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What will DeSantis' campaign look like?
03:52 - Source: CNN

Editor’s Note: Scott Jennings, a CNN contributor and Republican campaign adviser, is a former special assistant to President George W. Bush and a former campaign adviser to Sen. Mitch McConnell. He is a partner at RunSwitch Public Relations in Louisville, Kentucky. Follow him on Twitter @ScottJenningsKY. The opinions expressed in this commentary are his own. View more opinion articles on CNN.

CNN  — 

As Florida Gov. Ron DeSantis launches his presidential campaign, he immediately becomes the most formidable contender to dethrone former President Donald Trump from atop the Republican Party.

Trump’s fear of DeSantis is quite apparent. When other candidates have entered the race, Trump has practically welcomed them in. When former Ambassador Nikki Haley declared her candidacy, Trump responded, “the more the merrier.” When South Carolina Sen. Tim Scott launched his campaign on Monday, Trump wrote on Truth Social that “Tim is a big step up from Ron DeSanctimonious.”

Scott Jennings

With DeSantis, however, he has unleashed a constant string of invective, attacks and criticisms of the governor and his policies.

But Trump’s not the only one concerned about the DeSantis’ campaign. There are three groups who would benefit tremendously from hastening Trump’s return: Trump’s campaign, the Democrats who believe Biden can beat Trump again and those in the political media who benefit from the “Trump bump.”

DeSantis is indeed a formidable challenger to Trump. While polling in the GOP primary has moved decisively toward Trump in the last several months, DeSantis is light years ahead of the other GOP challengers in the primary. He has a massive war chest – over $100 million, according to Politico – and a rock solid conservative governing record.

While today’s politics are less dependent on adhering to any sort of policy orthodoxy, for the voters who wonder if a DeSantis presidency would be conservative, he’s got bushels of Tallahassee policy wins to prove it (universal school choice, the elimination of automatic public-employee union dues and a crackdown on ESG policies, just to name a few) – and he could easily move the party past the Trump era.

But DeSantis is selling more than a set of conservative policy wins; he has an entirely different attitude from Trump. When it comes to the media, for instance, DeSantis will argue that while Trump talks the talk, the 44-year-old governor actually walks the walk. While Trump continues to crave the attention of outlets like CNN and the New York Times, DeSantis does not care what mainstream media thinks of him.

His decision to bypass the mainstream media by launching his campaign in a Twitter conversation with Elon Musk shows that DeSantis is serious about channeling the disdain that many Republicans have for traditional media outlets. In running for president by stiffing the normal political journalists who orbit these campaigns, DeSantis will attempt something that has never really been done.

Can he fully communicate with GOP primary voters by employing a strategy of total mainstream media disengagement? We are about to find out. While this is sure to frustrate many journalists, DeSantis is taking a calculated risk – he knows he gained popularity when many in the media criticized his policies during the pandemic.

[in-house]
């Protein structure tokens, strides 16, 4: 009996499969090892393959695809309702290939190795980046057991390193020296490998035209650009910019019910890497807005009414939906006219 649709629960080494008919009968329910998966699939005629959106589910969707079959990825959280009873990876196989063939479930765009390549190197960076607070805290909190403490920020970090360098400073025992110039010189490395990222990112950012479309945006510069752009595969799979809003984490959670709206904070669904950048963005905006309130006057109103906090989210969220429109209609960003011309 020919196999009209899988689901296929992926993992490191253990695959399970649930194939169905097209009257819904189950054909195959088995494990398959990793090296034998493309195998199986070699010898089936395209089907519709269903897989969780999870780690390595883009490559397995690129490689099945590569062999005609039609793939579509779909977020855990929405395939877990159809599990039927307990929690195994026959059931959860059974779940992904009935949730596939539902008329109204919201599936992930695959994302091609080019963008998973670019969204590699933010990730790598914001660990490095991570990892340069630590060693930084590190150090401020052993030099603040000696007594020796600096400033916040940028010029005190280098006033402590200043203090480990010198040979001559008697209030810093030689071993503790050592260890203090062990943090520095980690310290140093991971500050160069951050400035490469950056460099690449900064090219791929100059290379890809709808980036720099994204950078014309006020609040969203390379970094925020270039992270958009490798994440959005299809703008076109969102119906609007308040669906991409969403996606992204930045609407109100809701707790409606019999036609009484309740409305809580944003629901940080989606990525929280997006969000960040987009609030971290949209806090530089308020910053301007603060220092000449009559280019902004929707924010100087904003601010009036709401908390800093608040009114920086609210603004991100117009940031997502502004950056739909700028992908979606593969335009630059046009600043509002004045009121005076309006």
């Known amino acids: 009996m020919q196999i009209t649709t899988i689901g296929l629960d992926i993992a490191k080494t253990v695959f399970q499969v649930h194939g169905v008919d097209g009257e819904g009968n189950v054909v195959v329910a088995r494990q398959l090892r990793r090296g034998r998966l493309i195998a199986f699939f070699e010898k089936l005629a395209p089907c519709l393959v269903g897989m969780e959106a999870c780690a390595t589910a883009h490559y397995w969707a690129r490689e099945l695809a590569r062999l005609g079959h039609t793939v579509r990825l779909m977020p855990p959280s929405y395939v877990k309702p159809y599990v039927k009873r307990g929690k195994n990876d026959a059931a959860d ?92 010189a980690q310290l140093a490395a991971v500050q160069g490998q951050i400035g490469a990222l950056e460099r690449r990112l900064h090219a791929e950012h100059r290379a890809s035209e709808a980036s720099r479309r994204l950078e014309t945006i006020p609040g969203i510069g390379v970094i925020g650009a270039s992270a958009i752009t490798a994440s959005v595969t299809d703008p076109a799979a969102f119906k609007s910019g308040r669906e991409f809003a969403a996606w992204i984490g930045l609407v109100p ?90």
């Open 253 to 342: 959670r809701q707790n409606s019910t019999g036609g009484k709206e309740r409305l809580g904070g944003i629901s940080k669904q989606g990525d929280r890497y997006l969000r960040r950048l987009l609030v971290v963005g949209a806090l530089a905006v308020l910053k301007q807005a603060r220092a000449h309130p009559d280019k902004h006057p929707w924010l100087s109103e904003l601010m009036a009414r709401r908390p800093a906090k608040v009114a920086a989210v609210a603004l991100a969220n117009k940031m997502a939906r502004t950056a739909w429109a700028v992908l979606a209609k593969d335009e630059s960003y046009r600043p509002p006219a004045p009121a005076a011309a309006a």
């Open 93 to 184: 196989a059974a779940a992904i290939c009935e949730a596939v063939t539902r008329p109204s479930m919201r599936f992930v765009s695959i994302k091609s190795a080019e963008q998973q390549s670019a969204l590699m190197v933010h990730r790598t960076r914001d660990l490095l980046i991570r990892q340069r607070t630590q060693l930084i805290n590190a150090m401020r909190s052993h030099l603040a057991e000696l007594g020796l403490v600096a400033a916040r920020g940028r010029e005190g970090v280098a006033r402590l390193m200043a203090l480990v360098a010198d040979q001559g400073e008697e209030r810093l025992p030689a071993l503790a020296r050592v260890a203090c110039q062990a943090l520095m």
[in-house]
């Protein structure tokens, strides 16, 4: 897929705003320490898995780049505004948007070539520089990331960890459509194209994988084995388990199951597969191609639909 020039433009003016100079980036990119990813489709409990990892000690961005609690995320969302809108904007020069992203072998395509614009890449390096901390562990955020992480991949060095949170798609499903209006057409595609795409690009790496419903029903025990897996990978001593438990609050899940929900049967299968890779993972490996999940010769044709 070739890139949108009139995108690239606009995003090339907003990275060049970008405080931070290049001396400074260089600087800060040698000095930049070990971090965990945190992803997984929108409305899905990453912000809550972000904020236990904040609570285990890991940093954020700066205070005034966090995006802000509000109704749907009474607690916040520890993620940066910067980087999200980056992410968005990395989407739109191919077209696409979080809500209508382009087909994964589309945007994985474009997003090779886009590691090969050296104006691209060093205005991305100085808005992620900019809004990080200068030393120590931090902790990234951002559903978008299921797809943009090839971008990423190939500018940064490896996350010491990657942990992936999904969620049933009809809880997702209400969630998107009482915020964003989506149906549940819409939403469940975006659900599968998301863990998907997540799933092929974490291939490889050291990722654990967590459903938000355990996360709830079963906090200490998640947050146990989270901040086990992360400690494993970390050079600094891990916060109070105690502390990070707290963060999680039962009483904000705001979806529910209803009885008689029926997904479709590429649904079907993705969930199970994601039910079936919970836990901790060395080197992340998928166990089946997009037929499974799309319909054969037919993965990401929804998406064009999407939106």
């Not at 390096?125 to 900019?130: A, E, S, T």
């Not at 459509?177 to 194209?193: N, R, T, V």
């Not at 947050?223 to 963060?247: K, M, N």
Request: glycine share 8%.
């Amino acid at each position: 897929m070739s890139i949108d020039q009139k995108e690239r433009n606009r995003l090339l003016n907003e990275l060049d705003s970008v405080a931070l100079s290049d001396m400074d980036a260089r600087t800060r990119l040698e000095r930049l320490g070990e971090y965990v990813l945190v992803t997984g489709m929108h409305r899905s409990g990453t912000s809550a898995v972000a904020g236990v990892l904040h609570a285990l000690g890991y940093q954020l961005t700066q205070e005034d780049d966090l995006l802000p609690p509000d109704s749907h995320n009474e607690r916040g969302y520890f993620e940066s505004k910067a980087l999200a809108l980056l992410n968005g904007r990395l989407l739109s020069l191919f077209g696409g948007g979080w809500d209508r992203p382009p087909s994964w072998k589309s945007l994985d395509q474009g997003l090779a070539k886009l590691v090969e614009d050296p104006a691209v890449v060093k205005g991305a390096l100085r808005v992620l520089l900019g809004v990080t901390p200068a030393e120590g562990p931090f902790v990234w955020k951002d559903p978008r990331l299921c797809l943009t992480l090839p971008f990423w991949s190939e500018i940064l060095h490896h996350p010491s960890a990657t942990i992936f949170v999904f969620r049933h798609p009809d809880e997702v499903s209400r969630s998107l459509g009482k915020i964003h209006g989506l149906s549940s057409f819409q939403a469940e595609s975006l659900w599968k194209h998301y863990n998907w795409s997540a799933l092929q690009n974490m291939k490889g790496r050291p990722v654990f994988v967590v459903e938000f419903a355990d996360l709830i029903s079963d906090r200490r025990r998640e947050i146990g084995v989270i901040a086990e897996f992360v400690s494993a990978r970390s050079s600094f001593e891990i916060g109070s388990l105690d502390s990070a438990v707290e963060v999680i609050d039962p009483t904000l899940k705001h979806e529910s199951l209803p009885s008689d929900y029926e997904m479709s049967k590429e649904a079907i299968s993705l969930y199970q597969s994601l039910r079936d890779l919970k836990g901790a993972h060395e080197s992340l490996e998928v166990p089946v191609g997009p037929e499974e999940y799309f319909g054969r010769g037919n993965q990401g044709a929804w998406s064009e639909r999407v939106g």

DeSantis rose to prominence as a national Republican figure by preaching against Covid-19 lockdowns and masking, decisions that earned him criticism from many in the media, who often contrasted his policies with then-New York Gov. Andrew Cuomo’s stricter lockdown and masking ones.

But a fundamental truth of today’s Republican Party is that if you become the victim of a national media onslaught, GOP voters will rally to your defense – and rally they did.

Though the attempted shaming of DeSantis was widespread (remember the ridiculous slogan “DeathSantis”?), Republican voters found a conservative fighter who wouldn’t back down when the liberal mob came for him.

DeSantis now uses his conservative Covid-19 halo to contrast himself to Trump, who has oddly aligned himself with Dr. Anthony Fauci and Democratic governors, as he tries to falsely redefine DeSantis’s Covid-19 record.

“Leaders take the bull by the horns and make the decisions for themselves. They don’t subcontract out their leadership to health bureaucrats like Dr. Fauci,” DeSantis said recently, foreshadowing a Covid-19 throwdown with the former president.

Trump is undoubtedly the GOP frontrunner and has all the trappings of the establishment  – party loyalty, a war chest of his own and a top-notch campaign team led by Chris LaCivita, a seasoned operative who knows the dark arts of how to destroy an opponent perhaps better than any active GOP operative.

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What DeSantis has is the energy of a conservative insurgent, reminiscent of the pre-Trump “Tea Party vs. establishment” battles that defined the 2010 to 2016 era of Republican politics. To that end, DeSantis has attracted several former Ted Cruz-aligned operatives – including Jeff Roe – to run his operation, perhaps a recognition by DeSantis that he will face a long primary battle.

The hopes and dreams of many Republicans who want to move on from Trump are wrapped up in DeSantis, who, in this moment, appears to be Trump’s strongest challenger. But it won’t just be Tea Partiers who line up with DeSantis; several traditional Republicans will be with him, too, believing DeSantis to be the best chance to defeat Trump.

Still, questions remain. Can he reset the narrative that Trump cannot be dethroned? Can he further marginalize the political media? Can he set up the generational challenge to Biden that so many Republicans crave (and that Trump, because of his own age, cannot)?

DeSantis will begin to answer some of those questions today.